In 1996, Peter Oudijn had visions of a sprawling greenhouse and plant shop over four acres of land at the intersection of Manning Drive and 167th Avenue.
"Everywhere around was farmlands and agricultural lands," said Oudijn, co-owner of the Root Seller Greenhouse.
The Root Seller Greenhouse was once in open country northeast of Edmonton, but now it's a farm in the city surrounded by homes on nearly all sides.
Oudijn describes the early days of the business as sitting in vast open countryside, surrounded by wheat and canola fields.
He and his business partner, Mike Collier, settled on the location because of its distance, and relatively close proximity, to the rapidly sprawling city of Edmonton.
"We thought sooner or later the city would gobble us up. I thought maybe that would happen in 35 or 40 years," said Oudijn. "But as soon as the Anthony Henday started being built around us, that was the end of how we were thinking."
From their front doors along 167th Avenue, the proprietors of the Root Seller could see the city expand, and eventually envelop them on almost all sides.
"When Anthony Henday was happening, 167th Avenue was closed and [relocated]. That was our main access," said Oudijn. "We had no access to our own property at one point."
"This used to be a little house in the prairie, and now it's a little house in the city."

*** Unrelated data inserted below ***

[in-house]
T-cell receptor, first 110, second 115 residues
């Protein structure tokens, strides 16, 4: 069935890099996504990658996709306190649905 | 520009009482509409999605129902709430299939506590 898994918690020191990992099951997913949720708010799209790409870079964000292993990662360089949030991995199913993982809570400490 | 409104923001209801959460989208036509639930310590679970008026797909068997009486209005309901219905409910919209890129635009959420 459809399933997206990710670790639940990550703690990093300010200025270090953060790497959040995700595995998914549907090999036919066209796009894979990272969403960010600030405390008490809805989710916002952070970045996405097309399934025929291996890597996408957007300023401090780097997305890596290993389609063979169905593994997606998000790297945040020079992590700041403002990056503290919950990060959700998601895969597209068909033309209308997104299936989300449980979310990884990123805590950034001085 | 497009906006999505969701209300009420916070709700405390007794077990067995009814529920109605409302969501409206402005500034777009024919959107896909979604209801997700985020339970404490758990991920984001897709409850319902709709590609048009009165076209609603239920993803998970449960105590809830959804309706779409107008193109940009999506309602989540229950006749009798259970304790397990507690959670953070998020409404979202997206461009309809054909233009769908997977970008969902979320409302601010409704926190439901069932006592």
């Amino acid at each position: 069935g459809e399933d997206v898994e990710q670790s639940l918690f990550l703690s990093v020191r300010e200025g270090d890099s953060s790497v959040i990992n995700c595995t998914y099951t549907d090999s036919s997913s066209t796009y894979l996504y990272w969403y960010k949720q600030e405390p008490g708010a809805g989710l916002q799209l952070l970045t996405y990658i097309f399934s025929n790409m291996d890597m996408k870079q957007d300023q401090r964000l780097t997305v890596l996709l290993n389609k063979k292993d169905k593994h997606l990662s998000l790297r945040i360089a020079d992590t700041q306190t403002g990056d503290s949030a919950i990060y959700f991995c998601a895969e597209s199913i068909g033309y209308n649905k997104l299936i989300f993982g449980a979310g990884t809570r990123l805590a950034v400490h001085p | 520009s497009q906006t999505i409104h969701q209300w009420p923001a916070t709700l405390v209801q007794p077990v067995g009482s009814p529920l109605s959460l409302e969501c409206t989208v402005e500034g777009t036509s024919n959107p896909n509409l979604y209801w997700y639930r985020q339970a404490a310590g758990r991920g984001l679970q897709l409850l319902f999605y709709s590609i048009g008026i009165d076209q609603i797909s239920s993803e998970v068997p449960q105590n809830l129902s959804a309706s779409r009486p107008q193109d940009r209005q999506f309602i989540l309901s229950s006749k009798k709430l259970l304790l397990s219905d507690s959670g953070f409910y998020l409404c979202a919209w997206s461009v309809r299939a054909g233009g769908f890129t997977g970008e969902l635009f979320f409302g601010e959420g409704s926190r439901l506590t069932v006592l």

Oudijn's business sat conveniently on what was once called "greenhouse alley," a stretch along 167th Avenue connecting a handful of greenhouses and plant nurseries in northeast Edmonton during the '90s.
Oudijn says when the portion of 167th Avenue in front of their business was closed and moved a few blocks south in the Cy Becker neighbourhood to accommodate the Henday expansion, business suffered.
"That first year we went down 25 per cent," said Oudijn, adding it took another three years to stabilize the business. "There was no access and people started to forget where we were."
With a clear vantage point over Manning Drive, proprietors of the Root Seller used their expanse of greenhouse walls to advertise and give directions.
Oudijn said while Google Maps was difficult in the beginning, customers are now finding their way.
He said the COVID-19 pandemic has brought more curious gardeners into the store, and he's hopeful they'll remember how to find their way back to the greenhouse for another visit.
"We still don't know how this is all going to play out," he said. "We're a little island in the city, and it's not all negative."